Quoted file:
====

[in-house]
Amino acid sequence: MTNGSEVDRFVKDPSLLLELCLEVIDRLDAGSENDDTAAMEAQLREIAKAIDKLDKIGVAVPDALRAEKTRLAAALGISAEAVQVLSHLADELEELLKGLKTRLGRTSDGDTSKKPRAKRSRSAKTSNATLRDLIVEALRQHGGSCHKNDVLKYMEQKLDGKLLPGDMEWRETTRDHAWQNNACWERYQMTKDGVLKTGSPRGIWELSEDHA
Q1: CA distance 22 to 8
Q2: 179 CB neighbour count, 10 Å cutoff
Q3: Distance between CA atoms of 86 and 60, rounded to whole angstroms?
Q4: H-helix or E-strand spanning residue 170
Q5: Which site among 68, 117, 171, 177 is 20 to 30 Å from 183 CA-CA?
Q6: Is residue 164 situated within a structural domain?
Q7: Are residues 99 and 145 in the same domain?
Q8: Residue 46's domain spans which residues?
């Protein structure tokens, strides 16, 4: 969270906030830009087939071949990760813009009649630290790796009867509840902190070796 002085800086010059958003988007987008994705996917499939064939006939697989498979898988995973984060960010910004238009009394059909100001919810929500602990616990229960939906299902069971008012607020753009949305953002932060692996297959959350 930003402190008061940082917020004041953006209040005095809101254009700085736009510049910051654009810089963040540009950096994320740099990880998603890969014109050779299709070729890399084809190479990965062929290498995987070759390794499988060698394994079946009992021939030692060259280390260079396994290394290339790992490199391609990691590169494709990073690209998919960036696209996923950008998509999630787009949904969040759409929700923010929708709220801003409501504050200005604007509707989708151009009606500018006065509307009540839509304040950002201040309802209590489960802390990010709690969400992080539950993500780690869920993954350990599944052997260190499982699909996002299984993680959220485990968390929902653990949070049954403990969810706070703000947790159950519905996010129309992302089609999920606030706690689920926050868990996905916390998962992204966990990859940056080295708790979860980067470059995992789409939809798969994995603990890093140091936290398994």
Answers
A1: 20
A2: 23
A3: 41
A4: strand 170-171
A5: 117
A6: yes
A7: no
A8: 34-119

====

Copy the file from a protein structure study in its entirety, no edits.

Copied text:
[in-house]
Amino acid sequence: MTNGSEVDRFVKDPSLLLELCLEVIDRLDAGSENDDTAAMEAQLREIAKAIDKLDKIGVAVPDALRAEKTRLAAALGISAEAVQVLSHLADELEELLKGLKTRLGRTSDGDTSKKPRAKRSRSAKTSNATLRDLIVEALRQHGGSCHKNDVLKYMEQKLDGKLLPGDMEWRETTRDHAWQNNACWERYQMTKDGVLKTGSPRGIWELSEDHA
Q1: CA distance 22 to 8
Q2: 179 CB neighbour count, 10 Å cutoff
Q3: Distance between CA atoms of 86 and 60, rounded to whole angstroms?
Q4: H-helix or E-strand spanning residue 170
Q5: Which site among 68, 117, 171, 177 is 20 to 30 Å from 183 CA-CA?
Q6: Is residue 164 situated within a structural domain?
Q7: Are residues 99 and 145 in the same domain?
Q8: Residue 46's domain spans which residues?
């Protein structure tokens, strides 16, 4: 969270906030830009087939071949990760813009009649630290790796009867509840902190070796 002085800086010059958003988007987008994705996917499939064939006939697989498979898988995973984060960010910004238009009394059909100001919810929500602990616990229960939906299902069971008012607020753009949305953002932060692996297959959350 930003402190008061940082917020004041953006209040005095809101254009700085736009510049910051654009810089963040540009950096994320740099990880998603890969014109050779299709070729890399084809190479990965062929290498995987070759390794499988060698394994079946009992021939030692060259280390260079396994290394290339790992490199391609990691590169494709990073690209998919960036696209996923950008998509999630787009949904969040759409929700923010929708709220801003409501504050200005604007509707989708151009009606500018006065509307009540839509304040950002201040309802209590489960802390990010709690969400992080539950993500780690869920993954350990599944052997260190499982699909996002299984993680959220485990968390929902653990949070049954403990969810706070703000947790159950519905996010129309992302089609999920606030706690689920926050868990996905916390998962992204966990990859940056080295708790979860980067470059995992789409939809798969994995603990890093140091936290398994």
Answers
A1: 20
A2: 23
A3: 41
A4: strand 170-171
A5: 117
A6: yes
A7: no
A8: 34-119